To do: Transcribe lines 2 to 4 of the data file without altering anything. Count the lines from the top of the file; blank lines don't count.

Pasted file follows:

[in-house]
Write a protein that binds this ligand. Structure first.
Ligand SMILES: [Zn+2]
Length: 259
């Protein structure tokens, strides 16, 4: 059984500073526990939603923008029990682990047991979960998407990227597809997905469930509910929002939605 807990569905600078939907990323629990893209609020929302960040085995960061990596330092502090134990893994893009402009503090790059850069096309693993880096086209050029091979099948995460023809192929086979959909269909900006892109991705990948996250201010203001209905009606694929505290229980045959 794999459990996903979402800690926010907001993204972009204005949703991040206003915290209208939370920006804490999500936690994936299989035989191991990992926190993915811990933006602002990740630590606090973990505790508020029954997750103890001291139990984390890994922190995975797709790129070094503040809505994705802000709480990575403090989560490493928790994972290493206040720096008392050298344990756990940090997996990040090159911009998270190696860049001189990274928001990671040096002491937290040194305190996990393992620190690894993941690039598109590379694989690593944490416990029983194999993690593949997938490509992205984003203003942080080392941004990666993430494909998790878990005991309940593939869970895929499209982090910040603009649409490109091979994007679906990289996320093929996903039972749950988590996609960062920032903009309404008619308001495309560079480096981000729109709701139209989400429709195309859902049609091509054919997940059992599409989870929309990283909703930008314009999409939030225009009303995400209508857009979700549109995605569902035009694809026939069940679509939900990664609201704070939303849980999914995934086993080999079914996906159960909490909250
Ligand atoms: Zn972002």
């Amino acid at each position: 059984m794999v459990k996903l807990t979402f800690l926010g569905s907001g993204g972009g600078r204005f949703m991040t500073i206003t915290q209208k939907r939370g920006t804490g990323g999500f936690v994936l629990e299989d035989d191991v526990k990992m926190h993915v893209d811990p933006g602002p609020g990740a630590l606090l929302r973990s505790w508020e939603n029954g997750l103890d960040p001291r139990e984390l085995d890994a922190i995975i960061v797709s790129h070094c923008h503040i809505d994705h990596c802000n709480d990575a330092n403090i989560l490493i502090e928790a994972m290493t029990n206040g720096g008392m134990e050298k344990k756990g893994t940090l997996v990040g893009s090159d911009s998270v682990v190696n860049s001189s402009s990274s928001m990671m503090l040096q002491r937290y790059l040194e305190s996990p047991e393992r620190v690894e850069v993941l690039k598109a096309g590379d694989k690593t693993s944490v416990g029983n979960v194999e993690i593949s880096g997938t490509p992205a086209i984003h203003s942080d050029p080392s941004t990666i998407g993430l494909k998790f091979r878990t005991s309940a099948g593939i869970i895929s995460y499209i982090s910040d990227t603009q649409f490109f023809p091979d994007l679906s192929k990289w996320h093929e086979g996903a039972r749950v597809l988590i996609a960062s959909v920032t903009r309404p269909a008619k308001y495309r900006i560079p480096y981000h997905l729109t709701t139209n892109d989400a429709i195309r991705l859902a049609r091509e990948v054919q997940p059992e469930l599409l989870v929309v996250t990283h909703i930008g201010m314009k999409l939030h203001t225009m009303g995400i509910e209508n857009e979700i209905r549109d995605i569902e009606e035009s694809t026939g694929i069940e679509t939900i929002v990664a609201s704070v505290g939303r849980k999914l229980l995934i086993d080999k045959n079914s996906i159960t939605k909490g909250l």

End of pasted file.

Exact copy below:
Write a protein that binds this ligand. Structure first.
Ligand SMILES: [Zn+2]
Length: 259